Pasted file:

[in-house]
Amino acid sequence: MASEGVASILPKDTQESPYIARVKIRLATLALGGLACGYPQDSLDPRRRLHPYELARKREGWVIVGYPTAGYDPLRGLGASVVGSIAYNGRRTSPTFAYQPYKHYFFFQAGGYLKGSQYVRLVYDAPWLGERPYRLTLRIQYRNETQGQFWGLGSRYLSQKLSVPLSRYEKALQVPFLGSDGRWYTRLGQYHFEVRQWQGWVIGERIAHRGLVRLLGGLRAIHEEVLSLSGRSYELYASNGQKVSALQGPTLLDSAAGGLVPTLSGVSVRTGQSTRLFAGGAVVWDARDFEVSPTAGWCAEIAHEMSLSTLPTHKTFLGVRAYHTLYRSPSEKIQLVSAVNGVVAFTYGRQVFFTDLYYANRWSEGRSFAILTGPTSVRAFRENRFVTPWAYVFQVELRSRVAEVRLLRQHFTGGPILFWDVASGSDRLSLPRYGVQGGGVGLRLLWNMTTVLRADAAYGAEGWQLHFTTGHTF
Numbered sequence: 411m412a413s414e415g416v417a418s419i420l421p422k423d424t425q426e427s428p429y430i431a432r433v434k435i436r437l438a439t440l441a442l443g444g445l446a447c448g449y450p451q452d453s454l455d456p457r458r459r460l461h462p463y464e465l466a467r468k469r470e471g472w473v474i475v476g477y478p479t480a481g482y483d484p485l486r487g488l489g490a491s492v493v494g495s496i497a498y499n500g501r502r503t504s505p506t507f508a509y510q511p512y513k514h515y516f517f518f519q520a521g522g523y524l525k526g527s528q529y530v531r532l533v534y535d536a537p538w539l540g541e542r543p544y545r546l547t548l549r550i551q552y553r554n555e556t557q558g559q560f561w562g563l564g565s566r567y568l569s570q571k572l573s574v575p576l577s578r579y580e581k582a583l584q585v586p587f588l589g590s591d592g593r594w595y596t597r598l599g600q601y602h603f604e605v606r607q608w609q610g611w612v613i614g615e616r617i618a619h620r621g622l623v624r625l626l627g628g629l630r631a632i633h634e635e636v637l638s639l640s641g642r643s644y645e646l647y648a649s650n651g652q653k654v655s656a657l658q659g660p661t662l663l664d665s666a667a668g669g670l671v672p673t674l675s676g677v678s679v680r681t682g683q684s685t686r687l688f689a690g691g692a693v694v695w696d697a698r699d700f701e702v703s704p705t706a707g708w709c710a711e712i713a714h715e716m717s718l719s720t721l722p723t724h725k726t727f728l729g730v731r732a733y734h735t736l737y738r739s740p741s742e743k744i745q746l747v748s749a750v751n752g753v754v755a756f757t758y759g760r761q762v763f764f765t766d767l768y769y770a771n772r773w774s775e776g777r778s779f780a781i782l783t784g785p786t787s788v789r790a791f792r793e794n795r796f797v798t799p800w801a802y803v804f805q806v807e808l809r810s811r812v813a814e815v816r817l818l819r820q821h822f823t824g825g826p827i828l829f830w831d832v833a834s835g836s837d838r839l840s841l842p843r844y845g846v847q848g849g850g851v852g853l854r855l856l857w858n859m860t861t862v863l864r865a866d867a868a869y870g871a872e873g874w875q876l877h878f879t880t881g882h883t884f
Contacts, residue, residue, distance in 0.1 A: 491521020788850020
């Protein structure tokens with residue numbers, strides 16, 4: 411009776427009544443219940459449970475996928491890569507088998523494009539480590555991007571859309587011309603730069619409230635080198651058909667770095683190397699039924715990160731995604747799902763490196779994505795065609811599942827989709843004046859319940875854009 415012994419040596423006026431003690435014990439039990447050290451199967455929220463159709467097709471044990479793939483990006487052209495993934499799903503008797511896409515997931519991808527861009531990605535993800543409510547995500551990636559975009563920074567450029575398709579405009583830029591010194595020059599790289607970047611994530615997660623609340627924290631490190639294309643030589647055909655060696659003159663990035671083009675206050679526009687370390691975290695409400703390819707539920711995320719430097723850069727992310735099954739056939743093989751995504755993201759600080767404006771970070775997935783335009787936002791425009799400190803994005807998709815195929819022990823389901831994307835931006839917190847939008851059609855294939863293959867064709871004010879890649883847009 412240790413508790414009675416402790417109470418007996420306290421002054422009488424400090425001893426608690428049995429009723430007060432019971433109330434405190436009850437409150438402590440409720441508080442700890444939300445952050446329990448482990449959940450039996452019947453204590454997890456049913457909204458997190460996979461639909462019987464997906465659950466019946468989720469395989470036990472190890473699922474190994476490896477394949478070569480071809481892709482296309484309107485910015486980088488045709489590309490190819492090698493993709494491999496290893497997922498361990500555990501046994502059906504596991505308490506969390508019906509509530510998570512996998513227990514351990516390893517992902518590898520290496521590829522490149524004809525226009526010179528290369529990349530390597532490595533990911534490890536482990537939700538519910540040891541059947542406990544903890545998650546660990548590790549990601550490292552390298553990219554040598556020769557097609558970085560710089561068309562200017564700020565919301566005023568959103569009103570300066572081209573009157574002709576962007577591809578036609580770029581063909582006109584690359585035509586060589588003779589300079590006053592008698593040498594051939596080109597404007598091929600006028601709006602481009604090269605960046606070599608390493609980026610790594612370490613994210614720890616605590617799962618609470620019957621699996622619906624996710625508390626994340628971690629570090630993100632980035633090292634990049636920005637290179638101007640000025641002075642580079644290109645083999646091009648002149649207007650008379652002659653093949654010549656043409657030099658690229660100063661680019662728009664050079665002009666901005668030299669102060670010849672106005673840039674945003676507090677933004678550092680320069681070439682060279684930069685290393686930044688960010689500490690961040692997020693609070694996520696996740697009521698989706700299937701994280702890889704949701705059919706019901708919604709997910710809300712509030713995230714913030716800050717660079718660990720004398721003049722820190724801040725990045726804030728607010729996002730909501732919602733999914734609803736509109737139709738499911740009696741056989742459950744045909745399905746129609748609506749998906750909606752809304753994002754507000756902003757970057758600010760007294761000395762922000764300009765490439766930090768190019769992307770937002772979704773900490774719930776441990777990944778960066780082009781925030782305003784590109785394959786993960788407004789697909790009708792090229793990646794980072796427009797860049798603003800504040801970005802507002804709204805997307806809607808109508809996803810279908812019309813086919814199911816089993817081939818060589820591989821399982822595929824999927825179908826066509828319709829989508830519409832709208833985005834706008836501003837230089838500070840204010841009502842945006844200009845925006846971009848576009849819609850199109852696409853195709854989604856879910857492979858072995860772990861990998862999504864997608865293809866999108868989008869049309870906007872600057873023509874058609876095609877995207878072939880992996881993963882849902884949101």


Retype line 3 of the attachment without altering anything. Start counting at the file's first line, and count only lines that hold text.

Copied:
Numbered sequence: 411m412a413s414e415g416v417a418s419i420l421p422k423d424t425q426e427s428p429y430i431a432r433v434k435i436r437l438a439t440l441a442l443g444g445l446a447c448g449y450p451q452d453s454l455d456p457r458r459r460l461h462p463y464e465l466a467r468k469r470e471g472w473v474i475v476g477y478p479t480a481g482y483d484p485l486r487g488l489g490a491s492v493v494g495s496i497a498y499n500g501r502r503t504s505p506t507f508a509y510q511p512y513k514h515y516f517f518f519q520a521g522g523y524l525k526g527s528q529y530v531r532l533v534y535d536a537p538w539l540g541e542r543p544y545r546l547t548l549r550i551q552y553r554n555e556t557q558g559q560f561w562g563l564g565s566r567y568l569s570q571k572l573s574v575p576l577s578r579y580e581k582a583l584q585v586p587f588l589g590s591d592g593r594w595y596t597r598l599g600q601y602h603f604e605v606r607q608w609q610g611w612v613i614g615e616r617i618a619h620r621g622l623v624r625l626l627g628g629l630r631a632i633h634e635e636v637l638s639l640s641g642r643s644y645e646l647y648a649s650n651g652q653k654v655s656a657l658q659g660p661t662l663l664d665s666a667a668g669g670l671v672p673t674l675s676g677v678s679v680r681t682g683q684s685t686r687l688f689a690g691g692a693v694v695w696d697a698r699d700f701e702v703s704p705t706a707g708w709c710a711e712i713a714h715e716m717s718l719s720t721l722p723t724h725k726t727f728l729g730v731r732a733y734h735t736l737y738r739s740p741s742e743k744i745q746l747v748s749a750v751n752g753v754v755a756f757t758y759g760r761q762v763f764f765t766d767l768y769y770a771n772r773w774s775e776g777r778s779f780a781i782l783t784g785p786t787s788v789r790a791f792r793e794n795r796f797v798t799p800w801a802y803v804f805q806v807e808l809r810s811r812v813a814e815v816r817l818l819r820q821h822f823t824g825g826p827i828l829f830w831d832v833a834s835g836s837d838r839l840s841l842p843r844y845g846v847q848g849g850g851v852g853l854r855l856l857w858n859m860t861t862v863l864r865a866d867a868a869y870g871a872e873g874w875q876l877h878f879t880t881g882h883t884f